55% of manufactured jewellery is handmade in India

India’s manufacturing industry remains fragmented and unorganised. Only 15-20% of units operate as organised and large-scale facilities; this was less than 10% some five years ago. 55% of manufactured jewellery is handmade by karigars (artisans) who produce intricate pieces, thus sustaining the unique selling point for which Indian gold jewellery is renowned in the global market.

While karigars form the backbone of the Indian gem and jewellery industry, many work in very poor conditions and a large number are underpaid as compared to many other industries, earning between Rs15,000 and Rs16,000 (US$190-200) per month.

Mandatory hallmarking became effective on 16 June 2021 and applies to six purities: 14k, 18k, 20k, 22k, 23k and 24k. Its introduction will create a level playing field in terms of purity and enable retailers to focus on differentiation through design and customer service. These moves are likely to remove some of the barriers to purchase among young consumers, which in turn should support demand.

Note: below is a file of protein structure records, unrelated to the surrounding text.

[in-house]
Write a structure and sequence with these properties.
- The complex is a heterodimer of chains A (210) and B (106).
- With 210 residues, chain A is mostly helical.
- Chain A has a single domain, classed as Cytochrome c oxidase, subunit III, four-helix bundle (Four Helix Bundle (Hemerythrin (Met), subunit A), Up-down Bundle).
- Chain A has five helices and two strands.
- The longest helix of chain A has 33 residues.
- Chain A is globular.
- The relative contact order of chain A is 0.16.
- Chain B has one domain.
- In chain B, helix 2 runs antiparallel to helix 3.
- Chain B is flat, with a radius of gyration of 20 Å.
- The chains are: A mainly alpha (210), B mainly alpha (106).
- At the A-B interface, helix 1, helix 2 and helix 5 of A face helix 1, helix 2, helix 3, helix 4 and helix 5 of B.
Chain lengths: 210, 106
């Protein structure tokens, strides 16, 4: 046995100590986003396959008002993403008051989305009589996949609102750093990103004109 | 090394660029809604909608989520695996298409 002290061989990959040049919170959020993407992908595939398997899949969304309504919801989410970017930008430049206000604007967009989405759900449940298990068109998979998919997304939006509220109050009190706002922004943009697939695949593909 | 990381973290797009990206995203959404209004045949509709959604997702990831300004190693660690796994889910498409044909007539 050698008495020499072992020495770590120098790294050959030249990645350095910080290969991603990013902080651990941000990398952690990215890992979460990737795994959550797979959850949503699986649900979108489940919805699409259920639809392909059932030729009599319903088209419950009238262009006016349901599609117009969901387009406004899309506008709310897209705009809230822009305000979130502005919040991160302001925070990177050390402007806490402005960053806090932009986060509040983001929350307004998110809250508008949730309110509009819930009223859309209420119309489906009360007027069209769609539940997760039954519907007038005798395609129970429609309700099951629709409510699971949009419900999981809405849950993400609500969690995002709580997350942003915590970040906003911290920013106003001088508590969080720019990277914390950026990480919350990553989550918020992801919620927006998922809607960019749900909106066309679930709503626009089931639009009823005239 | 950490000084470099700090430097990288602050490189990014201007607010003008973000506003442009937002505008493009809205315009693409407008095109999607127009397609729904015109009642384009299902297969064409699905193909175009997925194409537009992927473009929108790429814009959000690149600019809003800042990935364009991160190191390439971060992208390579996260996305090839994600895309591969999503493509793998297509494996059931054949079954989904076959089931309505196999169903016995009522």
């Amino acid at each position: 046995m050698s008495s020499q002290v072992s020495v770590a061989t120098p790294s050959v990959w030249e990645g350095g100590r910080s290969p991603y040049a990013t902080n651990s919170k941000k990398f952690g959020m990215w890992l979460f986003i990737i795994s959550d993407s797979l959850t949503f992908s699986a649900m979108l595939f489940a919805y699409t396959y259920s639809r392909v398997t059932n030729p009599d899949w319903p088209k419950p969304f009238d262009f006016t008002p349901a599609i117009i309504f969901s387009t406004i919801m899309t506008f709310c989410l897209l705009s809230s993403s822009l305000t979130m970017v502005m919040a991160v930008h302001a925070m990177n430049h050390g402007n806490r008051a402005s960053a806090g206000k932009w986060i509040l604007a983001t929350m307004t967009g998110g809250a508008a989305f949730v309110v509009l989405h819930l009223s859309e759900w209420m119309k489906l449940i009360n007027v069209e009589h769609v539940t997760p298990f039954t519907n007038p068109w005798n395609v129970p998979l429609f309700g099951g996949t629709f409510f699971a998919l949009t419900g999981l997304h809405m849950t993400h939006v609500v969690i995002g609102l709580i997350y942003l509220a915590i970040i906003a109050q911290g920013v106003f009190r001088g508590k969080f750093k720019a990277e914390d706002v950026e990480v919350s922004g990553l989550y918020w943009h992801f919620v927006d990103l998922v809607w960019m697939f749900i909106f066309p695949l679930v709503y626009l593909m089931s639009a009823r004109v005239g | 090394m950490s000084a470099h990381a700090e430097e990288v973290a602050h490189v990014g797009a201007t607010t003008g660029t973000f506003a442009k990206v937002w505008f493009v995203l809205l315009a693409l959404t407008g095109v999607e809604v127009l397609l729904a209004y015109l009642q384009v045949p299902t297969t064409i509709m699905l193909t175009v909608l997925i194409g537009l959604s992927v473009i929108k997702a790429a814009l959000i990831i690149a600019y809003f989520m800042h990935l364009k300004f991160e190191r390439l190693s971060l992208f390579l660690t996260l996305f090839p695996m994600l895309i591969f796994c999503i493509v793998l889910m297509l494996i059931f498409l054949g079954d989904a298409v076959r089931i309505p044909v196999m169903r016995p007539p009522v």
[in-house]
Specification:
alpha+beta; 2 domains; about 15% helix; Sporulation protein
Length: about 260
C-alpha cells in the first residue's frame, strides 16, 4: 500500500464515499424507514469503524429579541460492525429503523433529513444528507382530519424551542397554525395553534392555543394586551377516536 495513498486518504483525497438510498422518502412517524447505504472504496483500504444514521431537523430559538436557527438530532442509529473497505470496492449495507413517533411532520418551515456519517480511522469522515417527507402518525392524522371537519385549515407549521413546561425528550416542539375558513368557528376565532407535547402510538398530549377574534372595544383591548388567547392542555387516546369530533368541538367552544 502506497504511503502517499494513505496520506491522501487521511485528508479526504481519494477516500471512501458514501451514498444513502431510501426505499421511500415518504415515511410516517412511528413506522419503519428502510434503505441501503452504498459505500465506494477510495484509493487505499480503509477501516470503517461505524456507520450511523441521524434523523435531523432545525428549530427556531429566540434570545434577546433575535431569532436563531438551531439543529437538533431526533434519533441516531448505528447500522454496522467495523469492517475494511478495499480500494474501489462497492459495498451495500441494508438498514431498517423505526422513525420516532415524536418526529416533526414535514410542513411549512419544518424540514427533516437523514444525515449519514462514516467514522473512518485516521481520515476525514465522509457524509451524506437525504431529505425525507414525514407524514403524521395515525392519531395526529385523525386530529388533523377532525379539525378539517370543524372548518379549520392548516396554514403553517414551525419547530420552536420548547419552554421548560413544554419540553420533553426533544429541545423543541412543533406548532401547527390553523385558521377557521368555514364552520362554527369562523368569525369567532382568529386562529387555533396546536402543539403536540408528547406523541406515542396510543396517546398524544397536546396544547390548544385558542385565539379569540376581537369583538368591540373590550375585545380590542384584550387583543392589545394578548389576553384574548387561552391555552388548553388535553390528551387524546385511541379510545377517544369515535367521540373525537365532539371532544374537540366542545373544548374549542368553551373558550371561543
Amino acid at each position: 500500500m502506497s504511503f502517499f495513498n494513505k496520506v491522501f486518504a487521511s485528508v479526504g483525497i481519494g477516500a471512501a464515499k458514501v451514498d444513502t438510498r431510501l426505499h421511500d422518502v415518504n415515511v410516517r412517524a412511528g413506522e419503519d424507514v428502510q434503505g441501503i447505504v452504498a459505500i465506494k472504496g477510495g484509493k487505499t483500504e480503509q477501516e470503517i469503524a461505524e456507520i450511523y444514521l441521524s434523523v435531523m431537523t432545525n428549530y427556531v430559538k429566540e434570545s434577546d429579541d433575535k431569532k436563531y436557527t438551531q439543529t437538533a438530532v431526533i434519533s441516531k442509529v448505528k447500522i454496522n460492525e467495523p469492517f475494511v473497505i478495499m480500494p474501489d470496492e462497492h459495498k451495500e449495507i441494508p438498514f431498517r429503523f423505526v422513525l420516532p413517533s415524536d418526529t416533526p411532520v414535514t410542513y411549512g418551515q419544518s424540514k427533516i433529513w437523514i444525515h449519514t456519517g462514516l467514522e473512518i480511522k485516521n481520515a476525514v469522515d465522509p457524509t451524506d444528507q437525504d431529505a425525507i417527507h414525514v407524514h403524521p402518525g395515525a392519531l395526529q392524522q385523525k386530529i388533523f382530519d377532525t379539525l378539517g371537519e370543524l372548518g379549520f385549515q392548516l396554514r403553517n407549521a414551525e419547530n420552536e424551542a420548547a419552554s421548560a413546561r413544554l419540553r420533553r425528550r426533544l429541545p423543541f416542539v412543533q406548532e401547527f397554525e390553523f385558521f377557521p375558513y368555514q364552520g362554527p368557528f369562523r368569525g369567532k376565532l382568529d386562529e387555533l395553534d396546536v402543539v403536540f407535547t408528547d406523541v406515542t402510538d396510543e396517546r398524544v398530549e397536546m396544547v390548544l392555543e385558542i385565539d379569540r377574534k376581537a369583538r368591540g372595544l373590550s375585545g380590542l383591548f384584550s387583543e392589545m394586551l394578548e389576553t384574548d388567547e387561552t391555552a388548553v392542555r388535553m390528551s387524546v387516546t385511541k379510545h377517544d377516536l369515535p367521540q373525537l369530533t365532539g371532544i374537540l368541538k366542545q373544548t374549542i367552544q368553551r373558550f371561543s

National and regional chain stores will continue to gain market share because of their access to credit and the large inventory they are able to carry. And as many of these players look to open businesses in Tier 3 and Tier 4 cities, they should find a certain level of aspirational demand that they can tap into, allowing them to gain market share quickly. Conversely, if smaller players are not able to meet accepted standards of transparency their access to credit will be limited, as banks and financial institutions remain wary of lending to the gem and jewellery sector.

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